The Ministry of Natural Resources and Environment has agreed to delay legal action against people living in disputed forest areas.
The government reached an agreement with the People's Movement for a Just Society (Pmove) last week to allow farmers to continue working the land temporarily.
The ministry would not take any legal action against locals who could prove they had lived in the forest before the forest zones were established, Environment Minister Preecha Rengsomboonsuk said yesterday.
The process to verify land rights would be based on the ministry's satellite map with a scale of 1:4,000. The map would prove which locals had lived in the disputed area before the announcement of a forest zone, and which ones encroached afterward, he said.
"We will use the map to prove the locals' right to the land," he said.
"If there is no further forest encroachment, we will let them stay where they are until we reach a clear resolution over disputed forest land."
He said immediate legal action would be taken against those who further encroach on forest which is clearly off-limits.
Mr Preecha said his ministry has been working with the Ministry of Agriculture and Cooperatives and the Interior Ministry to define agricultural zones in the forest and to deal with encroachment problems.
The ministry's decision came after Pmove, a network of grassroots activists, reached an agreement with the government last week after holding a week-long rally in front of Government House. The government agreed in principle to issue community title deeds in some of the disputed areas.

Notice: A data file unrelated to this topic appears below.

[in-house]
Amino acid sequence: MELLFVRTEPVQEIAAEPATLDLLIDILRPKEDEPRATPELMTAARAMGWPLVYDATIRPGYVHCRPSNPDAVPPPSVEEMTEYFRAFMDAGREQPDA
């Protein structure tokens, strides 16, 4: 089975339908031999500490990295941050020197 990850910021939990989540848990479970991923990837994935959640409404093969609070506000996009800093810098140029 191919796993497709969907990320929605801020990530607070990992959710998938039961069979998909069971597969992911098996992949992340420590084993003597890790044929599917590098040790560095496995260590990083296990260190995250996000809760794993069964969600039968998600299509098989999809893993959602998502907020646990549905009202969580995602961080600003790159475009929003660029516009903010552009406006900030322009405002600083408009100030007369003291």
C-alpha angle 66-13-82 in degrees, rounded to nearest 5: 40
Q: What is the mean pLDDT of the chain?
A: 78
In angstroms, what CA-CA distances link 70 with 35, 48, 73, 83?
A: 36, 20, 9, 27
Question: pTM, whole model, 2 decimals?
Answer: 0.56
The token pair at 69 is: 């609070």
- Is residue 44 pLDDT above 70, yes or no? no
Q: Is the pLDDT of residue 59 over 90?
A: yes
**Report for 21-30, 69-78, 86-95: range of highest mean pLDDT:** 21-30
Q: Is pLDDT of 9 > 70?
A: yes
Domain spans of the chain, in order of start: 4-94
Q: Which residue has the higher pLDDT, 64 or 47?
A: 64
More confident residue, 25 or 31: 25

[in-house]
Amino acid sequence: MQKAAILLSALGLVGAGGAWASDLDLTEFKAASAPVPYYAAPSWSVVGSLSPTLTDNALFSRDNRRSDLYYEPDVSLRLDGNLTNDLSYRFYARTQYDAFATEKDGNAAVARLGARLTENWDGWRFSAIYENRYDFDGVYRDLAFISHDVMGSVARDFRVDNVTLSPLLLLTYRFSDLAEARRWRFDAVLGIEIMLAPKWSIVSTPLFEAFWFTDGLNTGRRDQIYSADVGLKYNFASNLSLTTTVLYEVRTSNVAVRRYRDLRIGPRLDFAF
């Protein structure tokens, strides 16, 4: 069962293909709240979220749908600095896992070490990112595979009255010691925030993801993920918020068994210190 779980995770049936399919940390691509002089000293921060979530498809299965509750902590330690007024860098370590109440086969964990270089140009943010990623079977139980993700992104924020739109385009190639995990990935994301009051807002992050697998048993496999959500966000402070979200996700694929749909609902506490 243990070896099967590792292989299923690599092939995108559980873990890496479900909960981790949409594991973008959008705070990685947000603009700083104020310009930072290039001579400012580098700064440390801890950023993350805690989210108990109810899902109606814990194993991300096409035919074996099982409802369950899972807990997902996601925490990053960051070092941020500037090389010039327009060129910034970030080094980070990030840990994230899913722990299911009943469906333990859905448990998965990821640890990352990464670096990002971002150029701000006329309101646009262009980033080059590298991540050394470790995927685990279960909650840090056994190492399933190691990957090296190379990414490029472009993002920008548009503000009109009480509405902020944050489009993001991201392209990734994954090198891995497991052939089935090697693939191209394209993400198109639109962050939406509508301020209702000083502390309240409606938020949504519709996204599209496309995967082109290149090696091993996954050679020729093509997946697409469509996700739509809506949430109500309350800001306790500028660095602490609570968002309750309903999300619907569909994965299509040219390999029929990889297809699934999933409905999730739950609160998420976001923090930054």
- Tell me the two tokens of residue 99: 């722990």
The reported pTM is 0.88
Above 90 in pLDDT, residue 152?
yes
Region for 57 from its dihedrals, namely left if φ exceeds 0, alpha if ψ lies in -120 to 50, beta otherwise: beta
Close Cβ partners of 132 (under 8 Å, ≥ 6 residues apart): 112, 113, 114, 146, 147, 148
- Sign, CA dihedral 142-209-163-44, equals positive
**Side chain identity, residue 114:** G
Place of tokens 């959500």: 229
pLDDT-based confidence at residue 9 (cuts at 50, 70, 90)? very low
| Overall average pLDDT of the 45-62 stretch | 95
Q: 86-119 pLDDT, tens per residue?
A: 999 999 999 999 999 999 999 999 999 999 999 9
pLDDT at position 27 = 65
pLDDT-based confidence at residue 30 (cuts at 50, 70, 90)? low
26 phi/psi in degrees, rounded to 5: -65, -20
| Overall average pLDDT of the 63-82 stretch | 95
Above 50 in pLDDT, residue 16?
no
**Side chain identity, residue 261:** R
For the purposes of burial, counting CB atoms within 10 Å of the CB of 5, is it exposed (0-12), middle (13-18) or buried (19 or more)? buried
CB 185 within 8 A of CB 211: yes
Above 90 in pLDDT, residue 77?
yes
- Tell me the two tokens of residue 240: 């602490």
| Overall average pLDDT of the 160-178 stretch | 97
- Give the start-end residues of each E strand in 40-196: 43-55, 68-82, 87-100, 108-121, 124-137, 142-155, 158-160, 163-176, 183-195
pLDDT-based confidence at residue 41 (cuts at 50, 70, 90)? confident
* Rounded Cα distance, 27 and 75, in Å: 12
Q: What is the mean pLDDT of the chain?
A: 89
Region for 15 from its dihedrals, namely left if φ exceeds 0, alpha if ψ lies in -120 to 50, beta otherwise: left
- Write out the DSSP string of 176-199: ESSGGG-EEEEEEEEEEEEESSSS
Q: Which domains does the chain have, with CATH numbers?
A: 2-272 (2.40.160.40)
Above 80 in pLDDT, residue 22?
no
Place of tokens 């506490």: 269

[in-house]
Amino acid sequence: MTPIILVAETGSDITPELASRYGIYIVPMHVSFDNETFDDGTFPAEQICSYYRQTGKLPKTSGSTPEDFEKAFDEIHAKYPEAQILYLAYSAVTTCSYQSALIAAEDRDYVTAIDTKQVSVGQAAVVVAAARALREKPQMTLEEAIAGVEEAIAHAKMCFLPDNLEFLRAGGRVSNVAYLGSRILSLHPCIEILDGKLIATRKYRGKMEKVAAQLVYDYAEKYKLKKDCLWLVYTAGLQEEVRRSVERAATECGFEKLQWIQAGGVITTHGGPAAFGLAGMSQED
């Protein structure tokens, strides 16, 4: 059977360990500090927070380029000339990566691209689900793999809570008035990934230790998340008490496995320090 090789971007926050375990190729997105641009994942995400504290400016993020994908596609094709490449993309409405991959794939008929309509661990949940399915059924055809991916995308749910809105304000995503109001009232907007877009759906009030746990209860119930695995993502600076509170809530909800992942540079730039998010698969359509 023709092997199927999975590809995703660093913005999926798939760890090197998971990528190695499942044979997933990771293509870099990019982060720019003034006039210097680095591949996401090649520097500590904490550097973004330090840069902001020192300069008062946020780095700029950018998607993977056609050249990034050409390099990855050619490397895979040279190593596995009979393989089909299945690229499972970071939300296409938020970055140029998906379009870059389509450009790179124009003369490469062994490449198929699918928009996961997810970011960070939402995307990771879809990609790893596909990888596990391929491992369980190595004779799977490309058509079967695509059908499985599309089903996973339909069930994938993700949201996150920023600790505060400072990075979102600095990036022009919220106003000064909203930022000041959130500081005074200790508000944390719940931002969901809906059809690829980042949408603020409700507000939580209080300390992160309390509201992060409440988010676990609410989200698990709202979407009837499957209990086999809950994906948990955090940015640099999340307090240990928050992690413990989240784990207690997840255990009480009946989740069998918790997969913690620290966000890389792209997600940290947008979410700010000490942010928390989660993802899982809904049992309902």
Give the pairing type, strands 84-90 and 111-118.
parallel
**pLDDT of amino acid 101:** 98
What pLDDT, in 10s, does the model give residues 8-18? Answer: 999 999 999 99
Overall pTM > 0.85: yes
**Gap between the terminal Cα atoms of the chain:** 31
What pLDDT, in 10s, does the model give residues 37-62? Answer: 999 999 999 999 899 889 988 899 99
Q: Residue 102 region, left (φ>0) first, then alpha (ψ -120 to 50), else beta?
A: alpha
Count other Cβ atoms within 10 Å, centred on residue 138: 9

The agreement permits the farmers to temporarily work the land pending the creation of an office to manage a land bank and verify land rights.
Legal action against the residents would be suspended during the process.
The ministry said there are 25 communities in forest zones which have applied for community title deeds.
However, only five communities initially qualify to receive the land rights document _ three in Chiang Mai, one in Nan and one in Ubon Ratchathani.
Pmove's South coordinator, Boon sae Jung, said the use of a satellite images alone is not a perfect tool to identify the locals' land rights.
The government should understand that residents in the South often plant trees for agricultural use among other trees in the forest, he said.
The new trees merge with the forest and that should not be considered as encroachment.
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- Writer: Apinya Wipatayotin